Prominent Middle East satellite pay TV and streaming service Orbit Showtime Network (OSN) is launching an OSN Originals unit as part of new plans to double its investment in Arabic content with the stated goal that Arabic acquisitions and originals should account for 25% of its total content by 2021.

The Dubai-based company’s move follows the launch of its OSN Streaming service in April, when OSN also inked a landmark long-term deal with Disney. This comprised distribution of Disney Plus content exclusively across the Middle East and North Africa, where Disney Plus has not launched. 

The OSN Originals label includes Fremantle-produced “No Man’s Land,” about the Syrian Kurd YPJ women’s militia push back against ISIS (a Hulu original in the U.S.), and Egyptian feature film “Curfew,” directed by Amir Ramses (“Jews of Egypt”) that will soon world premiere at the Cairo Film Festival.

OSN CEO Patrick Tillieux spoke exclusively to Variety about the recently restructured satcaster’s strategy to navigate the Middle East’s gradually evolving broadcasting landscape going forward. Excerpts from the conversation.

First off let’s talk about your decision to ramp up Arabic originals, which of course is what your competitors are also doing.

For us the investment in originals is a huge step. We are an established company that is well-known for highly recognizable Western content – first and foremost movies. Over the years we’ve added some local Arabic productions. But honestly we were very shy about it, for multiple reasons that I don’t want to get into.

This year we launched our new OTT platform OSN Streaming, and you cannot imagine having a streaming platform without originals. Clearly, based on the data we have from our audience, there is a huge appetite for local productions, so we said: ‘Now is the time!’ We’ve been successful in the launch of our OSN Streaming. Now is the time to take the next step and invest in proper local productions.

How successful has OSN Streaming been? Can you share some numbers?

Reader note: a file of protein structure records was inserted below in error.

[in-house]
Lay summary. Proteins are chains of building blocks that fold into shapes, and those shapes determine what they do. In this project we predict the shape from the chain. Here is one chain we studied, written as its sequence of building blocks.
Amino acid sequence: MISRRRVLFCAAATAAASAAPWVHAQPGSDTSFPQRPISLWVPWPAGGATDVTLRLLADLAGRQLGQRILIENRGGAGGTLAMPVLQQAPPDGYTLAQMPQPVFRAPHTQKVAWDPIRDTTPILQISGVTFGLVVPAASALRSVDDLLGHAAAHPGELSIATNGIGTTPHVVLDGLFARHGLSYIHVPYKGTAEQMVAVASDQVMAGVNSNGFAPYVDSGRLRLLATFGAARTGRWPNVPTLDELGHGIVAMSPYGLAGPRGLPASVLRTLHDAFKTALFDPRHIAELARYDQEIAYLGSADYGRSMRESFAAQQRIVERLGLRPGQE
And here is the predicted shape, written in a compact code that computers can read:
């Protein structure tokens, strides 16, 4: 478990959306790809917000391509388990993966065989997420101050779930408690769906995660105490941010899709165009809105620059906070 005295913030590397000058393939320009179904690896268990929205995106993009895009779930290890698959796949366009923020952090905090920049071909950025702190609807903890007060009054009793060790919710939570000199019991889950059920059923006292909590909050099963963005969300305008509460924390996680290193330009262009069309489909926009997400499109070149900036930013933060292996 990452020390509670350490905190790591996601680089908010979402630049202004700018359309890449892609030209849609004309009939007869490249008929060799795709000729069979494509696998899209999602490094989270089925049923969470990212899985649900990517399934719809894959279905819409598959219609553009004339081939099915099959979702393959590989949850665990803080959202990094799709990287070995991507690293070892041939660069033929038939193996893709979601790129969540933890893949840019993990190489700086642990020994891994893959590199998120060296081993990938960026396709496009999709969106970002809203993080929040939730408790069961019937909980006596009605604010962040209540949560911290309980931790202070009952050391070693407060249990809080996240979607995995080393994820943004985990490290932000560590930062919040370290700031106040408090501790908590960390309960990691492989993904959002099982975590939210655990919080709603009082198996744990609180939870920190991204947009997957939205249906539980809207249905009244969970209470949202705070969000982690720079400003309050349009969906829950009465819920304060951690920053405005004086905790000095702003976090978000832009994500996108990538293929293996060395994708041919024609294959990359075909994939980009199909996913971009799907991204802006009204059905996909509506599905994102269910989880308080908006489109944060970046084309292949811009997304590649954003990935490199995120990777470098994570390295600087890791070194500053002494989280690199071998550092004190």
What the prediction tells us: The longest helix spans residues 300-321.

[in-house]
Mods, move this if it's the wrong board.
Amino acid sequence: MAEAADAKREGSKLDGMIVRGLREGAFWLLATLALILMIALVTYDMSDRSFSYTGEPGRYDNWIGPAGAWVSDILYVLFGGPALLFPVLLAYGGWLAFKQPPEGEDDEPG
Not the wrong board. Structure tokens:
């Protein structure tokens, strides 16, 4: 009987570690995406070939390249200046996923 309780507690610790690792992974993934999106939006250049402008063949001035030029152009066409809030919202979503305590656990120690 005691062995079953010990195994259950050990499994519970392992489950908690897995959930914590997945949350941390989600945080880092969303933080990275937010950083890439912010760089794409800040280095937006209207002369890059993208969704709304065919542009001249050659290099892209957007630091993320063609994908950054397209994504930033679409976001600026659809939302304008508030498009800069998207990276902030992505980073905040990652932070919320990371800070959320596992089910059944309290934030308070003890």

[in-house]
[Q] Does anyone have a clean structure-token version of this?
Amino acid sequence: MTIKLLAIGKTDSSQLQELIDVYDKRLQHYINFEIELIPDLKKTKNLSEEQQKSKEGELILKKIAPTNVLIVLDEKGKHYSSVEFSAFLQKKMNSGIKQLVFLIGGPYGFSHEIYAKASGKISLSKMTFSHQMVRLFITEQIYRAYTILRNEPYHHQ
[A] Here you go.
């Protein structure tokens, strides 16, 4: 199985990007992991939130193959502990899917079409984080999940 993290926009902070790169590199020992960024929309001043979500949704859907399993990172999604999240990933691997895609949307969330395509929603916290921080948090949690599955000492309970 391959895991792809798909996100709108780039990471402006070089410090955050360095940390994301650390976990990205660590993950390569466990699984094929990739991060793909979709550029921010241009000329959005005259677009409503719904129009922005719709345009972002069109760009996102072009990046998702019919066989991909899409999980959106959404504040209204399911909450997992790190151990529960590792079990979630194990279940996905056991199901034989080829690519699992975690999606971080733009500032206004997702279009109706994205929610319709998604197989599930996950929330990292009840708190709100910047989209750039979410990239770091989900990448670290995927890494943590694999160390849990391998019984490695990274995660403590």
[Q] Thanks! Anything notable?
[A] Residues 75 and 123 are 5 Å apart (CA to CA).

We are at a level of about 700,000 subscribers today, which I think is the mark of a pretty good achievement. We will end the year close to our forecast, despite having launched our OTT app in April in the middle of total lockdown. We (OSN and it’s competitors) are all claiming to go for the 3 million mark of subscribers in the short term and 5 million by 2025. And I can say the same, though it’s still a lot of work to get there.

How are you positioning yourself and who are your main competitors?

It’s not easy to make the transition from the traditional linear world of pay-TV towards an OTT world. And we are not just substituting one with the other. That’s absolutely not our intention. We clearly work with two engines, and we will continue to work on the two. We still believe there is room for pay-TV in this world and there is still room for linear TV, but the new world of on-demand is the future. There is no doubt about it. For the moment we need this dual play. Our strength is actually due to our our dual play since we are able to bring content into an SVOD environment that actually very few players would be able to bring. Be it movies, be it series (we carry HBO, Disney, Universal, MGM, Paramount, all exclusively) plus Arabic content, children’s content, thematic content (Discovery, NatGeo). That makes us unique, compared with the competition.

In terms of competitors this is a nascent market. I think there is room for MBC and for Netflix. The play will be between the three of us, and we are each unique each in their own way. So it makes sense to build this market together going forward. There is still a long way to go for all of us.

Talk to me about your deal with Disney.

We have this pretty unique deal with Disney whereby we have the Disney Plus original content actually embedded into our OSN app. I don’t know if there is another example anywhere in the world of this…That’s for the moment. For the future I can imagine (and this is obviously the goal of both partners, Disney and ourselves) that we will find an easier articulation of their ambition of a standalone Disney Plus app, and our ambition of remaining the entertainment leader here in the region.

We know each other, we understand the market and its complexities. They understand what our added value is, ranging from methods of payment, to compliance issues, and regional sensitivities. That is highly appreciated by them in this partnership, and we appreciate the quality of the content…

So as I understand it, OSN going forward is going to be a distinctive mix of Hollywood and Arabic content. Anything else?

I always like, when I look at other players across the world (I’m thinking about an HBO or a Canal Plus), the fact that they have something different that makes them distinctive. And there is something else that we also try to bring into the variety of programming that is offered that is different. It’s about relevance, it’s about authenticity. It’s also about human values. I think the latter is particularly important in this part of the world. We are trying to bring specific (new) angles that are at the same time not offensive. This particular balance between respect of tradition, respect of cultural identity, and at the same time – to give you one example – women’s empowerment, to me personally these are elements that I really want to try to put together in a meaningful way. That’s what we are trying to achieve here at OSN.